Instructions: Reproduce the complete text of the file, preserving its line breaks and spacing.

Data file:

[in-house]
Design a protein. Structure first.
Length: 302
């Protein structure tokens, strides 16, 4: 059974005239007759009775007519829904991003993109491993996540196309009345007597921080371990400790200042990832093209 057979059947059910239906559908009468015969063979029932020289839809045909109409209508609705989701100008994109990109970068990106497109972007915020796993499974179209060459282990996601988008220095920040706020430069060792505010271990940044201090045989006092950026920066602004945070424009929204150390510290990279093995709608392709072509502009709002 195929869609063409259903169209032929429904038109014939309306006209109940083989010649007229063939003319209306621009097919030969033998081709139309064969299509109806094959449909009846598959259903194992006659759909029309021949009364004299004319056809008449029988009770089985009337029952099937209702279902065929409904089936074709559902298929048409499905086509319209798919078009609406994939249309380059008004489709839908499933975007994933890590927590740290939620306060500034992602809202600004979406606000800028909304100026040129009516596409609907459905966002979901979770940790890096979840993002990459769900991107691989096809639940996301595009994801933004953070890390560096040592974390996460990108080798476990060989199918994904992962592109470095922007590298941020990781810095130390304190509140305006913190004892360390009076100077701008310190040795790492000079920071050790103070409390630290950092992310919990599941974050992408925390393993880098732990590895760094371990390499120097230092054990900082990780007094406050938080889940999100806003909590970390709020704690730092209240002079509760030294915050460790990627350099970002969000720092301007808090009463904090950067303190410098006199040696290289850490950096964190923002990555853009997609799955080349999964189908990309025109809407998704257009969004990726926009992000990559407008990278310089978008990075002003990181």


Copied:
[in-house]
Design a protein. Structure first.
Length: 302
């Protein structure tokens, strides 16, 4: 059974005239007759009775007519829904991003993109491993996540196309009345007597921080371990400790200042990832093209 057979059947059910239906559908009468015969063979029932020289839809045909109409209508609705989701100008994109990109970068990106497109972007915020796993499974179209060459282990996601988008220095920040706020430069060792505010271990940044201090045989006092950026920066602004945070424009929204150390510290990279093995709608392709072509502009709002 195929869609063409259903169209032929429904038109014939309306006209109940083989010649007229063939003319209306621009097919030969033998081709139309064969299509109806094959449909009846598959259903194992006659759909029309021949009364004299004319056809008449029988009770089985009337029952099937209702279902065929409904089936074709559902298929048409499905086509319209798919078009609406994939249309380059008004489709839908499933975007994933890590927590740290939620306060500034992602809202600004979406606000800028909304100026040129009516596409609907459905966002979901979770940790890096979840993002990459769900991107691989096809639940996301595009994801933004953070890390560096040592974390996460990108080798476990060989199918994904992962592109470095922007590298941020990781810095130390304190509140305006913190004892360390009076100077701008310190040795790492000079920071050790103070409390630290950092992310919990599941974050992408925390393993880098732990590895760094371990390499120097230092054990900082990780007094406050938080889940999100806003909590970390709020704690730092209240002079509760030294915050460790990627350099970002969000720092301007808090009463904090950067303190410098006199040696290289850490950096964190923002990555853009997609799955080349999964189908990309025109809407998704257009969004990726926009992000990559407008990278310089978008990075002003990181």